First came the crash. Then came the bill.
After a June 2015 car accident landed Crystal Roberts in the emergency room at North Cypress Medical Center, the hospital asked for more than $11,000 for the X-rays, CT scans, lab tests and other services she received. To Roberts, who was uninsured, that was quite a tab. She sued, calling the price excessive — it was more, she and her lawyers alleged, than an insurance company would have paid for the same procedures. Under the Texas hospital liens statute, hospitals have to charge uninsured patients a “reasonable and regular rate.”
To prove the charge was excessive, Roberts asked the medical center for more information: If she had been insured by, say, Aetna, Blue Cross Blue Shield or Medicare, how much would her insurance company have paid the hospital?
North Cypress wouldn’t provide that information, arguing that it was irrelevant to the lawsuit and that the organization would “suffer irreparable harm” if it disclosed “confidential and proprietary” insurance information.
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This year, the issue made it to the state’s highest civil court, and on Friday, the Texas Supreme Court ruled in a 6-3 decision that the information should be given to Roberts because it's relevant to her case. The decision, authored by Justice Debra Lehrmann, is likely to make it easier for uninsured Texans to negotiate high hospital bills under similar circumstances.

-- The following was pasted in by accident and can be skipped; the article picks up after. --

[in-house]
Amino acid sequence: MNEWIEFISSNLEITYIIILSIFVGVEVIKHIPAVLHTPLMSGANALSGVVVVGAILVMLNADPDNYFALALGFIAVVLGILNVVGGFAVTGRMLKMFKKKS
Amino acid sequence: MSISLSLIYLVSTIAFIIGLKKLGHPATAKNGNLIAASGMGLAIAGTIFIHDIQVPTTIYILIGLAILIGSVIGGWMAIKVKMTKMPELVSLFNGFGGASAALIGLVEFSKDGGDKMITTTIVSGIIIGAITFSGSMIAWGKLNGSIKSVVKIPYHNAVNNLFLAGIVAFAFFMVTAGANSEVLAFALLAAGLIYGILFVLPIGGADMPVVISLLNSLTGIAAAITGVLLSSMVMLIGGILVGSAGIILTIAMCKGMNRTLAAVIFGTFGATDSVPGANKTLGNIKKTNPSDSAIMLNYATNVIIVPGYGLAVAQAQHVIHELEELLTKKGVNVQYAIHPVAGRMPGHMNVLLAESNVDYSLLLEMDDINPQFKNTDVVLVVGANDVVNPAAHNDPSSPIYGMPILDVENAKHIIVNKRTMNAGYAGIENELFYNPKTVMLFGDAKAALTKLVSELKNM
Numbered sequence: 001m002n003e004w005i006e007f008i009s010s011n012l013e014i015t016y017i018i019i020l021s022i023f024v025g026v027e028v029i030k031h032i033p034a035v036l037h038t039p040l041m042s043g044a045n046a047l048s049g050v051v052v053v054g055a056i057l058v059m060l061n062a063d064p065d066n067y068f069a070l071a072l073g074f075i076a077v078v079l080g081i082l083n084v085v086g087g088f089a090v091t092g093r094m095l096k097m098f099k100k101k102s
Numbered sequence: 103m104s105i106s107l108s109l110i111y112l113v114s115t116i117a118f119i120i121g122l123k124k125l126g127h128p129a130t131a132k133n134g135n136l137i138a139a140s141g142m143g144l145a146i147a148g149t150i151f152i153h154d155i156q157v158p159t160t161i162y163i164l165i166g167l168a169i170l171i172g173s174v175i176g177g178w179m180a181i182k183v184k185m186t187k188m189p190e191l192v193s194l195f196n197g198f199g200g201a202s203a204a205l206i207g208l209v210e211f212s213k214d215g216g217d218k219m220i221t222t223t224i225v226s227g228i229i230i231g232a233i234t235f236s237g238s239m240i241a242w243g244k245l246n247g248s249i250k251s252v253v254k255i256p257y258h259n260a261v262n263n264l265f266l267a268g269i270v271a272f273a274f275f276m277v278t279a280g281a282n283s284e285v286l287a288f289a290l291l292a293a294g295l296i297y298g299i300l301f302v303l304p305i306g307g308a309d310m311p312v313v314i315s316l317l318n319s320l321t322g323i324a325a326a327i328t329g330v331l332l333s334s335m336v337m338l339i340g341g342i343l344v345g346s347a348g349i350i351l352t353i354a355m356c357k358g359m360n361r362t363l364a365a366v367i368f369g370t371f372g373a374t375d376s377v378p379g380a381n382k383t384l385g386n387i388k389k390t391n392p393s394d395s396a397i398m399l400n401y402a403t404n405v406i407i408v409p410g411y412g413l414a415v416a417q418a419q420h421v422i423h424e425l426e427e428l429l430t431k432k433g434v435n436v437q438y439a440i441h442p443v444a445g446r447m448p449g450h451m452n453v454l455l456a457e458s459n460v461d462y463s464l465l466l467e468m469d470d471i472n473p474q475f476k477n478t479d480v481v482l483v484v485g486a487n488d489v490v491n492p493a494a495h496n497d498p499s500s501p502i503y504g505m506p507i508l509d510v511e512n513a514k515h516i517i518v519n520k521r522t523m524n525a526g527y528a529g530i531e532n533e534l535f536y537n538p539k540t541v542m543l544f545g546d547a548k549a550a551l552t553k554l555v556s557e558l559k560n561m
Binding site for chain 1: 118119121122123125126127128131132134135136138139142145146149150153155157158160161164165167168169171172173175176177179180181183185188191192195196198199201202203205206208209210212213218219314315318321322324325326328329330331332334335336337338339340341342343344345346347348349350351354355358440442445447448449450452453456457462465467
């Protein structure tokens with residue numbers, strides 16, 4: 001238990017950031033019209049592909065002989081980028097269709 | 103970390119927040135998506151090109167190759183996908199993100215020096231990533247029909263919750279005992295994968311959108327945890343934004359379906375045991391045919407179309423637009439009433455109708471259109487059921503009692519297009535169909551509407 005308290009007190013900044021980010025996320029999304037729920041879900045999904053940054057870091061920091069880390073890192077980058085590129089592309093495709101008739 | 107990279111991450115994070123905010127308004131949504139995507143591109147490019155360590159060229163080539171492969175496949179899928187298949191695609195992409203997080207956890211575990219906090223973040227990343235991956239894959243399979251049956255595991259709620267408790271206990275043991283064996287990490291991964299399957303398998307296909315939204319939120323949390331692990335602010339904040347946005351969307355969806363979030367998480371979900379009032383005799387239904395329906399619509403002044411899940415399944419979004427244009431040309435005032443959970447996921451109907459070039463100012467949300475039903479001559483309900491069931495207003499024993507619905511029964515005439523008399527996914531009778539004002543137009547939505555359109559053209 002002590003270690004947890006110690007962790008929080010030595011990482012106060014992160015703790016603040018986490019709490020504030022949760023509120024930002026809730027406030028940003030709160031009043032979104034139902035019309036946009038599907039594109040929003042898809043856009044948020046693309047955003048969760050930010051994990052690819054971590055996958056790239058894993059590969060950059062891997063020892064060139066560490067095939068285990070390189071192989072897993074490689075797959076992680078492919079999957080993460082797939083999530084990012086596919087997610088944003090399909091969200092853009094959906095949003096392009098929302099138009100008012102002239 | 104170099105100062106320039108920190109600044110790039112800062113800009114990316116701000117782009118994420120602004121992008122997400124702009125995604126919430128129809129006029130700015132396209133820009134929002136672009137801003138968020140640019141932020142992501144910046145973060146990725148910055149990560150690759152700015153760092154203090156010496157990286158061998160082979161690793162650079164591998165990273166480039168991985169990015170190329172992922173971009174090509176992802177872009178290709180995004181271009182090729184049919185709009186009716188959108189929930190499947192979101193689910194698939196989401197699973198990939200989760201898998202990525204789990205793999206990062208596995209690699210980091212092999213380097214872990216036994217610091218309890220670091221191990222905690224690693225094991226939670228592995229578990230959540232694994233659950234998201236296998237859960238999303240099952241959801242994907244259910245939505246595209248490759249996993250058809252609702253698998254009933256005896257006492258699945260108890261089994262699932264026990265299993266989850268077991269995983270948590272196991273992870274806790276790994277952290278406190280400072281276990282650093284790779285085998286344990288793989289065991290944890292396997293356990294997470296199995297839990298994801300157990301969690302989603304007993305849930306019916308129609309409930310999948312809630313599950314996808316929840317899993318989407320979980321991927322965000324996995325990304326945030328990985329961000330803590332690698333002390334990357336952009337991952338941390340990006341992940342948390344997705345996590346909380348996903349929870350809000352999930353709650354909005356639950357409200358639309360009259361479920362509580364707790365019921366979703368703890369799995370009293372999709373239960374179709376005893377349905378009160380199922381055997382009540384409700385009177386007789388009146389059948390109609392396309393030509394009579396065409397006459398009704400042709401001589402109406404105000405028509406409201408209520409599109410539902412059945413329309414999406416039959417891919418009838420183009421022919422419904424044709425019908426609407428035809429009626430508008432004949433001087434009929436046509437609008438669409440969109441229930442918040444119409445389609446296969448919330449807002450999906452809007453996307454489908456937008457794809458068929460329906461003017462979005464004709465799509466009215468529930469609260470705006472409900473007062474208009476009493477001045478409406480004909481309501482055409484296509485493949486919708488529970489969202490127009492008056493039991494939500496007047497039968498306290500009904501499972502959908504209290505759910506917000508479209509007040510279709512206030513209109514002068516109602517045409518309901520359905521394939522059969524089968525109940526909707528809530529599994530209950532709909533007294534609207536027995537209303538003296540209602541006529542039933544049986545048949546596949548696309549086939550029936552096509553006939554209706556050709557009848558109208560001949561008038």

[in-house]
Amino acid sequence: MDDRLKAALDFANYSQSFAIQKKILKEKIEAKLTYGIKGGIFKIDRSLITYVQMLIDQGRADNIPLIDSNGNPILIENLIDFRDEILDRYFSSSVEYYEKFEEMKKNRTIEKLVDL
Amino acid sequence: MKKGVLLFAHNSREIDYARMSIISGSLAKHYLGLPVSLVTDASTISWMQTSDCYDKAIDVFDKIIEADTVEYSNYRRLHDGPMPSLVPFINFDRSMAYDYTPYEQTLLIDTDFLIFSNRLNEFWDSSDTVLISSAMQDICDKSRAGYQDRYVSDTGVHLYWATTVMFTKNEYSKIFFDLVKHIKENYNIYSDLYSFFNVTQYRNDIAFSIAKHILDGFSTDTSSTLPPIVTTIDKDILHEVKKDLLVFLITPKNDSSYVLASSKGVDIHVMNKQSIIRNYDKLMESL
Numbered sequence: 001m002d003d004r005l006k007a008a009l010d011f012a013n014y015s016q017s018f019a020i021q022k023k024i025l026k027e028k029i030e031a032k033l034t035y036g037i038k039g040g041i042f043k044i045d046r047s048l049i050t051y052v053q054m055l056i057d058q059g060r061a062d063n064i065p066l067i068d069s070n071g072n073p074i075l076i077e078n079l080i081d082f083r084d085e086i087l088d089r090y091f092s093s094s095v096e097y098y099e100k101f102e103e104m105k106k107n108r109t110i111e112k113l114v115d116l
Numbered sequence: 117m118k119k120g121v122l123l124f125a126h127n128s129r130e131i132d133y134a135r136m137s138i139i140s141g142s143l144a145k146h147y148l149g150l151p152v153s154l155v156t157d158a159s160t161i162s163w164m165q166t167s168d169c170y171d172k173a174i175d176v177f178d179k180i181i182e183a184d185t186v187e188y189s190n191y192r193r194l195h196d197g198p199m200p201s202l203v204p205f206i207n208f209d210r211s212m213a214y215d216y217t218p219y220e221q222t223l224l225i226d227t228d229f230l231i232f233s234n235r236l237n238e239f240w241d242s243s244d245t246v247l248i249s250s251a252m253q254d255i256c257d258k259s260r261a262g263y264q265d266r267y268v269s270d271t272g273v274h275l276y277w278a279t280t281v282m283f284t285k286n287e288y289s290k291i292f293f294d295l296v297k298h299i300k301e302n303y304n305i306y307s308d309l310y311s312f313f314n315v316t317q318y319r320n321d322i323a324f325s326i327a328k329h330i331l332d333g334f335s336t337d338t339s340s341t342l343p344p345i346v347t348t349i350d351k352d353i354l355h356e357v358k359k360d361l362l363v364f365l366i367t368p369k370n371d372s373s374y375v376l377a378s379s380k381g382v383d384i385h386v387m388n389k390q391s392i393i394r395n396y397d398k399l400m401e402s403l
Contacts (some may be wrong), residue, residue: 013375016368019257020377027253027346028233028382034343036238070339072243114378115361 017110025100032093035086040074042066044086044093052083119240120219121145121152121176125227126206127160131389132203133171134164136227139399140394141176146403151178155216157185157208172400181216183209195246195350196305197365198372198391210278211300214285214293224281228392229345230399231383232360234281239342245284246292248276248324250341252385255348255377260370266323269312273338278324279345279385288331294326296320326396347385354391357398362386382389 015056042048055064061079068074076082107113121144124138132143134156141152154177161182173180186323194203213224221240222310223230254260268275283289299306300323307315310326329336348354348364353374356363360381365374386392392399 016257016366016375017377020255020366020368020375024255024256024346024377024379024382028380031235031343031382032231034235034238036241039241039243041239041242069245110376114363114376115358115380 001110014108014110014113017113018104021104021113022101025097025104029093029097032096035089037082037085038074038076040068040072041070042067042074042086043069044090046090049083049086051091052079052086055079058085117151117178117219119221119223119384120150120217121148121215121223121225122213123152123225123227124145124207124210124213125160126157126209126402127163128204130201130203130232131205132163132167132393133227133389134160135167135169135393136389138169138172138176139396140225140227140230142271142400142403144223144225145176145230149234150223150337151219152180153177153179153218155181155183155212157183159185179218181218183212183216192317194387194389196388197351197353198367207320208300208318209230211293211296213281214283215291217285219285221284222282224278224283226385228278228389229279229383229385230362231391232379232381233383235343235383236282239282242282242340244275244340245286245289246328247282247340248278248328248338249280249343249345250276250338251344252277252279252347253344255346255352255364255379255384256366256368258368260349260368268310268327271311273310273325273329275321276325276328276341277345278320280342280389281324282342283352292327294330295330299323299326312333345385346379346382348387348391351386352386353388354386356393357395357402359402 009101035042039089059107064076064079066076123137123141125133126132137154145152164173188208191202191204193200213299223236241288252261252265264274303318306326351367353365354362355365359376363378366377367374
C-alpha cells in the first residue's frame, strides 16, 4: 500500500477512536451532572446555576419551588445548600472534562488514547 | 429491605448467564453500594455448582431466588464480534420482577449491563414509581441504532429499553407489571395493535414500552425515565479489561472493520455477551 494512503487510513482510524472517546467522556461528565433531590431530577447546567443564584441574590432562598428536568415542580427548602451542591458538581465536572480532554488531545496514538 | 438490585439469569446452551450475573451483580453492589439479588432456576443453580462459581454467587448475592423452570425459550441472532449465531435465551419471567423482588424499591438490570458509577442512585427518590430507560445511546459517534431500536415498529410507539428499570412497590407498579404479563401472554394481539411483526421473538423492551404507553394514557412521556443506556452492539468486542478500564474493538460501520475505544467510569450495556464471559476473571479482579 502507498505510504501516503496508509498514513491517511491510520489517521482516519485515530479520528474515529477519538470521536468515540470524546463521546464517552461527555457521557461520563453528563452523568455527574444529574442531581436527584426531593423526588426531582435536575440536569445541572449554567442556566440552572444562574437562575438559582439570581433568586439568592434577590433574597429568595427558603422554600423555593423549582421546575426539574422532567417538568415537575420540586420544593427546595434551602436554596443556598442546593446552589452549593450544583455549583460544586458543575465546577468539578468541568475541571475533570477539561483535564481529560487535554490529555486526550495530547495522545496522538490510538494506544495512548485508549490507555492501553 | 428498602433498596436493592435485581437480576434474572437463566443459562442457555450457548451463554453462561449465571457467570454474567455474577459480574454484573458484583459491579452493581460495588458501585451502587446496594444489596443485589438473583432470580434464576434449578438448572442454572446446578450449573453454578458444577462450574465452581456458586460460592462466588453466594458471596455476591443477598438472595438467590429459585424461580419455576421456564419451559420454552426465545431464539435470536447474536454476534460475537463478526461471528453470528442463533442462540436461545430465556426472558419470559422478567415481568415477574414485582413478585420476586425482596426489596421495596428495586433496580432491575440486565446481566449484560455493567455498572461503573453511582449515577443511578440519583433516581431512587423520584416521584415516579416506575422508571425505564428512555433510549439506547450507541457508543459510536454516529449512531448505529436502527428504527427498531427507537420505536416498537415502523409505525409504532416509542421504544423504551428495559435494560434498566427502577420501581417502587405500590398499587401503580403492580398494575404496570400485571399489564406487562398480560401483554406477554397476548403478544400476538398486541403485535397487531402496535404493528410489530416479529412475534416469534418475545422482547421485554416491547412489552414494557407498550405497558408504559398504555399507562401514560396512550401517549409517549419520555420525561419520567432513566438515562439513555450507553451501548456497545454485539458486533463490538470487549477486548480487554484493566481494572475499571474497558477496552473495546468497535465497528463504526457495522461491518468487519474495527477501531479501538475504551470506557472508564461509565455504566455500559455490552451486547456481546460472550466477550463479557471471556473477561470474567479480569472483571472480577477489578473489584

In cases like Roberts’, hospitals aren’t allowed to charge uninsured patients more than a “reasonable and regular rate” — essentially, Roberts’ lawyer James Amaro said, what an insurance company would pay for the same services. But until Friday, uninsured patients trying to challenge excessive hospital bills weren’t able to see what insurance companies paid for similar services. The ruling, Amaro said, will allow light to shine on a notoriously mysterious process and make it easier for patients to negotiate fair payments in the future.
“No mechanism has existed to challenge excessive hospital bills for uninsured accident victims,” Amaro said. “This will reduce the price-gouging schemes that are just rampant right now.”
Lawyers for North Cypress Medical Center did not return requests for comment Friday. But Chad Ruback, one of the hospitals’ lawyers, told Law360 last year that if Roberts won, it “would, sadly, increase costs for all hospital patients.”
“I’m afraid that this type of discovery tactic will routinely be used to strong-arm settlements of otherwise meritless claims against hospitals,” Ruback said in May 2017.
Lehrmann wrote in her opinion that hospitals concerned about private information being made public could ask the trial court to seal that information, meaning those documents would aid Roberts and patients like her but wouldn’t be made available to the broader public. That decision would be made in the future by the trial court.
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